2. Never Let Me Go by Kazuo Ishiguro. This is a book for those who like drama and tragedy. It’s topped my list for Saddest Book Ever and I return to it every so often to remember what struck me the first time around. The story starts at a boarding school in the English countryside where children are instructed and trained in the usual way, only something is slightly off. They have almost no contact with the outside world. The truth of why they are at school is scathing and horrific, and the story twists into one of love, friendship and humanity. This is a very nostalgic book, one that you’ll be surprised that you can relate to. Be prepared to cry.

3. Wildwood by Colin Meloy. This is a children’s fiction, for fans of Lemony Snicket and Cornelia Funke. The story is about a girl named Prue whose brother is kidnapped by a murder of crows and taken into Wildwood, a magical wilderness. In order to rescue him she has to brave the creatures of the forest. A great adventure story with lovable characters, this is great to bring me back to the spirit of reading again. This is a large book with a lot of pages, but the reading goes quick. Truly one of my favorite children’s books.

I know how it is when you want to fall in love with a book but nothing is hitting you just right. Hopefully these recommendations will be a nice guide to finding your next favorite book. I’d love to know if anyone reading this has read any of these books and what they’re thoughts were. If you have your own suggestions, send me a message on Instagram!

You can also see more of what I’m reading on Goodreads, and some more content of mine is on Tumblr.

Educated by Tara Westover {Book Review}

This book was simultaneously beautiful and stressful. Once I started it I truly couldn’t put it down! While I know that everything in the book was true, some parts were so unbelievable that I felt like I was reading fiction.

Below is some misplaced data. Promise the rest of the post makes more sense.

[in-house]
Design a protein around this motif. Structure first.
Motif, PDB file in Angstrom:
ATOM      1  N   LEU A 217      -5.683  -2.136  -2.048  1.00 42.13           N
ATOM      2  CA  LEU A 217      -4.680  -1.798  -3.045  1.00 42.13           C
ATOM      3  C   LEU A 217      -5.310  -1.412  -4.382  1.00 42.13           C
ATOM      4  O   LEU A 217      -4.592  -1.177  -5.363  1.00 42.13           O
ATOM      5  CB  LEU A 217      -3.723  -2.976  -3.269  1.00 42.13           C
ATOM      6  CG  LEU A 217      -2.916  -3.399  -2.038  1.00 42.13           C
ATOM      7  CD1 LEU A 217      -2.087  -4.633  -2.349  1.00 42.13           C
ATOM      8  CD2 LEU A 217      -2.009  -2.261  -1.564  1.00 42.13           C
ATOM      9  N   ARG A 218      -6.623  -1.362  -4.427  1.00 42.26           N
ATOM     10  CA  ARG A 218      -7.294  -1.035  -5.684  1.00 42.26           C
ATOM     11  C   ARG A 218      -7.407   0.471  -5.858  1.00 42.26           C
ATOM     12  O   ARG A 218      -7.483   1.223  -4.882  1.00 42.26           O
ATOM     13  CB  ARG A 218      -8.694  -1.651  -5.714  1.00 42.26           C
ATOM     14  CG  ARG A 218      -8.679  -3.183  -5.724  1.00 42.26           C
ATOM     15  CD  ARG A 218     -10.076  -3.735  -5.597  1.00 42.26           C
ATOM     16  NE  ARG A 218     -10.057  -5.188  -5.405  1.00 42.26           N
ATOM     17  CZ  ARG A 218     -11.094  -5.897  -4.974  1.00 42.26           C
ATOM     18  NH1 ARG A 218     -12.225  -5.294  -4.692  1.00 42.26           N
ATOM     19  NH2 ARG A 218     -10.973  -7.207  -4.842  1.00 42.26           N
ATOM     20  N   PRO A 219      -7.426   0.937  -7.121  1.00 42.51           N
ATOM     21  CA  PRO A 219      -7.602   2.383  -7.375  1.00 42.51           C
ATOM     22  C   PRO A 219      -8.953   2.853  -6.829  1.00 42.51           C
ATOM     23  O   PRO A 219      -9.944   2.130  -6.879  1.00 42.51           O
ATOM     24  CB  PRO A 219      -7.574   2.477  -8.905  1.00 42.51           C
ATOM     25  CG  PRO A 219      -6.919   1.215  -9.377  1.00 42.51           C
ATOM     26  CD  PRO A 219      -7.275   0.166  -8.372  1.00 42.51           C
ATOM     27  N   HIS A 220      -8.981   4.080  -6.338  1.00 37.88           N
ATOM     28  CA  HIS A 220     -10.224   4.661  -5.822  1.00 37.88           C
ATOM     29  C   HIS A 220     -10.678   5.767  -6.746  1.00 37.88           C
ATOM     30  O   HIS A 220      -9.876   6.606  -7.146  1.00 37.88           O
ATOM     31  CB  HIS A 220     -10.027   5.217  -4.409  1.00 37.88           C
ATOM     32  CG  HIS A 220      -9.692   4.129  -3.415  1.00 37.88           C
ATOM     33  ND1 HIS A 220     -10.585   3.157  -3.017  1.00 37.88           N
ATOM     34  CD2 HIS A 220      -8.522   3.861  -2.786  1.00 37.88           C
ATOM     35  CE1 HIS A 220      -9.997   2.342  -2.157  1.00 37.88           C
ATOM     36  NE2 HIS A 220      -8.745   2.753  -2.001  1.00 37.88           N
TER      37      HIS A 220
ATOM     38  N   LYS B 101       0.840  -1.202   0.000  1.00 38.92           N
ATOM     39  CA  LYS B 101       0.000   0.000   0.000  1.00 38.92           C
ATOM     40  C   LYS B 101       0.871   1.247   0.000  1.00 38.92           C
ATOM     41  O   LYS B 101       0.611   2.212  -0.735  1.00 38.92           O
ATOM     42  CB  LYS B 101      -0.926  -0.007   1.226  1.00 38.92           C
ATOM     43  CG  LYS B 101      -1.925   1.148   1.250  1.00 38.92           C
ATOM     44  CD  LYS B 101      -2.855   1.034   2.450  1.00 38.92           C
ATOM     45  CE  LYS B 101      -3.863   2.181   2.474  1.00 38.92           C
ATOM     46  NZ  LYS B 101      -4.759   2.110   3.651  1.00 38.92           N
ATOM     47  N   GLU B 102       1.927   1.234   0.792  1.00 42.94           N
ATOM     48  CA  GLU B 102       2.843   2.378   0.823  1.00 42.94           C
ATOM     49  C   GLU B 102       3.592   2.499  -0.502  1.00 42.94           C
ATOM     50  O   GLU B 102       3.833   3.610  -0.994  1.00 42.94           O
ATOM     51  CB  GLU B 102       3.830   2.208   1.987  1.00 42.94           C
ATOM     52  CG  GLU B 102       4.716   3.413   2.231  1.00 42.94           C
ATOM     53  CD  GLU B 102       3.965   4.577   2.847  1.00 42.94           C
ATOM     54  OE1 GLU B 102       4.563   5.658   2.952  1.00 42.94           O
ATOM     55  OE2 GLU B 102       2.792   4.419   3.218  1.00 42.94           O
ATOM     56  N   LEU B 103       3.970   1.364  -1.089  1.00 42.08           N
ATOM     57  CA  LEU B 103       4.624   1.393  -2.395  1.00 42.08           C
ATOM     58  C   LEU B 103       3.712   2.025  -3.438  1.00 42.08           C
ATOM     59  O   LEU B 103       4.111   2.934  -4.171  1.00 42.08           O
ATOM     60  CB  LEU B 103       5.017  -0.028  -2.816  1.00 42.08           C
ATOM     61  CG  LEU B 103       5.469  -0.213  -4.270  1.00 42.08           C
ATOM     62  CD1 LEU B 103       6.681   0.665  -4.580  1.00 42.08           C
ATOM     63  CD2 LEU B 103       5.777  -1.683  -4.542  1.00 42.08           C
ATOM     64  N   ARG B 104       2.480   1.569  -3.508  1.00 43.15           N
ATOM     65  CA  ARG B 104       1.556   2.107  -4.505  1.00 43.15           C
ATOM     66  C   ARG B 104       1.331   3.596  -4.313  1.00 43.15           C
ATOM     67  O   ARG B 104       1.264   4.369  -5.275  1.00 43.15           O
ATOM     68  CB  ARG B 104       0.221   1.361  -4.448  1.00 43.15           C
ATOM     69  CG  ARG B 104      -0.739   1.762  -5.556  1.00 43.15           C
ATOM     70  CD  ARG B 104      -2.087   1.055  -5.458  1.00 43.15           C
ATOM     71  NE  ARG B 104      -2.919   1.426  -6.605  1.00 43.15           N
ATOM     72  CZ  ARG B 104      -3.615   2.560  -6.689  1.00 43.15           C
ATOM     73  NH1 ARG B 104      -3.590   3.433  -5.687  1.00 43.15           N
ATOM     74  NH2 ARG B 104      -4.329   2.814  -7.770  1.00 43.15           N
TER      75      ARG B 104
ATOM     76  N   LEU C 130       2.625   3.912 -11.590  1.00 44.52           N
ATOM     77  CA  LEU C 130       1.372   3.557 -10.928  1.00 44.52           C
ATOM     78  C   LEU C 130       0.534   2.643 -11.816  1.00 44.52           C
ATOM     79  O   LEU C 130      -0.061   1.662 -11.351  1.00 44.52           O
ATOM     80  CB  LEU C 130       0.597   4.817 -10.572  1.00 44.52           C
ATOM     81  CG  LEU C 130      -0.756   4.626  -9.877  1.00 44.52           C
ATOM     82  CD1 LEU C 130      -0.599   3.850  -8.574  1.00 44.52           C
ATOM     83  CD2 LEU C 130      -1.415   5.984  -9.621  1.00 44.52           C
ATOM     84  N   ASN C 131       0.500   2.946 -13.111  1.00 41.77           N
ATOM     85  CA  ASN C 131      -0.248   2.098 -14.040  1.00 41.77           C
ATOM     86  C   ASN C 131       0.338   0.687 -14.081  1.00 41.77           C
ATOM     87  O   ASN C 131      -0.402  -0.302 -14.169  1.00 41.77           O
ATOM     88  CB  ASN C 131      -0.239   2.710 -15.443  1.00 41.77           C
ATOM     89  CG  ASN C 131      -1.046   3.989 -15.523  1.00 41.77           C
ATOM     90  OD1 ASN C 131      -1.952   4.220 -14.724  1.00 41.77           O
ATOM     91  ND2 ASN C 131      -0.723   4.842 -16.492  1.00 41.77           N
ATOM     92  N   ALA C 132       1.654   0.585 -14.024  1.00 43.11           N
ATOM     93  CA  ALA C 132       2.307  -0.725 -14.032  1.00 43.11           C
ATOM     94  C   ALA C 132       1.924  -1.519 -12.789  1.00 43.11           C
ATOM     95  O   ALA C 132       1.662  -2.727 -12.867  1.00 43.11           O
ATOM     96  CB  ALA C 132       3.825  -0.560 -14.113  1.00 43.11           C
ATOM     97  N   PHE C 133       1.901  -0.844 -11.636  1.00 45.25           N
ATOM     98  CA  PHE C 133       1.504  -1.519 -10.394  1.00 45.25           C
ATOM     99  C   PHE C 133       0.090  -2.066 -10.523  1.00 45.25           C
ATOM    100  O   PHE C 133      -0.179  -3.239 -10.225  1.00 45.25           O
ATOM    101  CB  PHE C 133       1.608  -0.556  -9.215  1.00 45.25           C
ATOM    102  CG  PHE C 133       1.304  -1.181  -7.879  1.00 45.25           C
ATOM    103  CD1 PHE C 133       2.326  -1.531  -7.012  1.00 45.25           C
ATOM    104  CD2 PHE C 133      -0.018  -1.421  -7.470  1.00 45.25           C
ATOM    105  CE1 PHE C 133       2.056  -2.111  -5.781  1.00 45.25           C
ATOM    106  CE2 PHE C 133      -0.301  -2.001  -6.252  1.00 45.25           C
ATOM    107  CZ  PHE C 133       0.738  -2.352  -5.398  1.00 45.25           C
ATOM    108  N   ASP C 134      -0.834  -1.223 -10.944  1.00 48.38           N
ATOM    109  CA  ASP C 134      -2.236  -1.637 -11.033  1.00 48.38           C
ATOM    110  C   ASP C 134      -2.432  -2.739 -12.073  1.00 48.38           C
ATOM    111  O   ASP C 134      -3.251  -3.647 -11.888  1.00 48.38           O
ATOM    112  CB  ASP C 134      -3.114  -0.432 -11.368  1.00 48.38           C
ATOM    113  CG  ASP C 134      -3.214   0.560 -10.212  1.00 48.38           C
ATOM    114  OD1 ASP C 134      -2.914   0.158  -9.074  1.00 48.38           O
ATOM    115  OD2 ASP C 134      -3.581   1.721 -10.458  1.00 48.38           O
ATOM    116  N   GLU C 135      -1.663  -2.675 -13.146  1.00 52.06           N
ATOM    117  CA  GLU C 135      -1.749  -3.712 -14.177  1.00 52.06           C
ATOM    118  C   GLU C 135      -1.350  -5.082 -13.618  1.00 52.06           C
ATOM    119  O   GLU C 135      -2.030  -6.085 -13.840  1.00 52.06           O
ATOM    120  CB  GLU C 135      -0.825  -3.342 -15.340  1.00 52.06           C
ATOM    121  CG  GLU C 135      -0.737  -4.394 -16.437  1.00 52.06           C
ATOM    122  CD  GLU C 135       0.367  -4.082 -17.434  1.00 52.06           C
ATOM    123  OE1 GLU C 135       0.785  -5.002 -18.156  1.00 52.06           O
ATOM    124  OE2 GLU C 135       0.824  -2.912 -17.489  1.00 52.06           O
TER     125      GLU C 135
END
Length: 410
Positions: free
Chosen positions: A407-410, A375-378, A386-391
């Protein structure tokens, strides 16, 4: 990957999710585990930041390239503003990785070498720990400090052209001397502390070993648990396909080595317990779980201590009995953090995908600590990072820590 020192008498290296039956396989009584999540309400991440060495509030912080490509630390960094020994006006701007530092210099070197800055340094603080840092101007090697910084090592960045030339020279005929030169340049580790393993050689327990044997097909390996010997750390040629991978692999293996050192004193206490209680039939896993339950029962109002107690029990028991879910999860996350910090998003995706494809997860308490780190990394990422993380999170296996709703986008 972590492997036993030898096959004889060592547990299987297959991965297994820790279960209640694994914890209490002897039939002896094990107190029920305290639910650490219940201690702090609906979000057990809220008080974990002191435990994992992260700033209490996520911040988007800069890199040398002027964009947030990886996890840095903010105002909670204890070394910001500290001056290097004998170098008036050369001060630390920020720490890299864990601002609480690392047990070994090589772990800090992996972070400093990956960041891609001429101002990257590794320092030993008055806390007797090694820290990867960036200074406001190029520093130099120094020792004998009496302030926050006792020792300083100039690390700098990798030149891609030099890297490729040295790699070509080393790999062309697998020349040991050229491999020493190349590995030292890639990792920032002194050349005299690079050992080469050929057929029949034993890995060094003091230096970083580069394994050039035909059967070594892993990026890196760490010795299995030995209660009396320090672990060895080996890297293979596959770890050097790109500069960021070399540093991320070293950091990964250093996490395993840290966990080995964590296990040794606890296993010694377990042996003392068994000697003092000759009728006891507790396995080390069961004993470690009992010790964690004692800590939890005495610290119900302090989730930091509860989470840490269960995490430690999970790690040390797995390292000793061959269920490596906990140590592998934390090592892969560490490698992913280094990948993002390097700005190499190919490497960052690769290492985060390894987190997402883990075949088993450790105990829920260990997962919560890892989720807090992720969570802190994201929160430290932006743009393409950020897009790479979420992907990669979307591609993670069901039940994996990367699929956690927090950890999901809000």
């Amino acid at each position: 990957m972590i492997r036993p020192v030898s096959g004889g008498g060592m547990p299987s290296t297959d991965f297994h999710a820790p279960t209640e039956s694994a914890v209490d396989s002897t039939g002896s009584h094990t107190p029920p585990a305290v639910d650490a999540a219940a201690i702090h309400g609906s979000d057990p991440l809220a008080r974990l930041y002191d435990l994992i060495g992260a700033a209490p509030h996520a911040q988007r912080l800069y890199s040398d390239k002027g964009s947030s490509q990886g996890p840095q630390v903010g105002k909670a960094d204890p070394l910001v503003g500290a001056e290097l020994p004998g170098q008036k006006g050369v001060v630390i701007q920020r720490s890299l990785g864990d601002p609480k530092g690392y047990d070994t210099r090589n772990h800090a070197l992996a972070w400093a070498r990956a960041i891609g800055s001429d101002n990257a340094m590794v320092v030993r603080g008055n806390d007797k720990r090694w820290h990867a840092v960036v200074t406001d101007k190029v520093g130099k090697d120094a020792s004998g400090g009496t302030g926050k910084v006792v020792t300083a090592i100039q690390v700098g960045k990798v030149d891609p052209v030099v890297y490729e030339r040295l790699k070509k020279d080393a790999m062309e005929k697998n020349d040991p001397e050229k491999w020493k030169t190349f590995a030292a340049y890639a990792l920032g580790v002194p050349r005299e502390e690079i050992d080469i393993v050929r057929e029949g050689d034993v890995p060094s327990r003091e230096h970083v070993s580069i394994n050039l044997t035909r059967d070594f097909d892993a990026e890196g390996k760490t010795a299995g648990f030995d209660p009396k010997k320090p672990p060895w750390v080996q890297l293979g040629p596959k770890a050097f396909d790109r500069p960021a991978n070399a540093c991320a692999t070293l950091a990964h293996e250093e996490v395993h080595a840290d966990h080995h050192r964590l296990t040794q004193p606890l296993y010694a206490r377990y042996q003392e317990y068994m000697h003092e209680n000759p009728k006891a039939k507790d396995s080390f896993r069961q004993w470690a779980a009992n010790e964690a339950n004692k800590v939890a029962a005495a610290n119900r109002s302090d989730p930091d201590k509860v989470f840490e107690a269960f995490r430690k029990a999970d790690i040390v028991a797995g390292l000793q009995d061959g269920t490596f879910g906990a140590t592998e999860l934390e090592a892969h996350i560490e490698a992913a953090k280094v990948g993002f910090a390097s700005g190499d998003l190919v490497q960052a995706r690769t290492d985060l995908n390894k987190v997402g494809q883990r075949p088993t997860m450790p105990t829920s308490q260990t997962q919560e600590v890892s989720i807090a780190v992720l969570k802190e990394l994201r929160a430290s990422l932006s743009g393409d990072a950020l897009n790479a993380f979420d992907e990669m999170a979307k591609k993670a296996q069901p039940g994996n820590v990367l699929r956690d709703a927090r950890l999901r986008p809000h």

The hard work, the abuse, the hope, the defeat (and the whole time wishing that this girl will see the bigger picture and try to get out of the damn junkyard). Each chapter broke my heart.

5 Stars for this amazing book!

FIVE.

STARS.

I grew up far away from Idaho. I do, however, live in a rural area. What I loved was how Tara balanced the beauty of the landscape in her rural town with the distressing things that happened to her there throughout her life. This is something I can understand, as coming from a small town means sometimes feeling trapped and other times (even on the same day) admiring the beauty of the land. This book hits a nerve and I felt myself gripping it, marveling at how any of this could have happened to one person. Westover is a beautiful writer. All of the events were woven together in an intricate way that kept you on your toes and then still allowed reader to have some relief. While reading it I ended up talking about it to everyone I encountered throughout my day. It sticks. My inability to put it down stayed until the very end, something that isn’t always the case for me. I know that I’m not alone here. I had people in public places stop me when they saw me reading it to tell me that the book had changed them.

I should say that I’m not very well educated on the Mormon faith. But I was happy that Westover made the distinction that what her parents taught her and her siblings was not the usual followings of the Mormon faith. As a reader it was clear to me that whatever her father believed in was some sort of mask for his own prejudices and outdated ideas of how men and women should perform in the home. Because she is able to see that clearly now and not then is heartbreaking, but it explains her painful journey.

This book is being compared to other great memoirs, like The Glass Castle, but it’s hard for me to comment because I have yet to read that book, but it’s one of the best books that I’ve ever read.

There were only a few times where the writing was hard for me to read, and I may have skimmed, but this was mostly due to upsetting content.

I will say that because of the heaviness of the subjects discussed, some people might want to read the book in incriminates…I know a few people who did that because there were parts that were difficult to get through.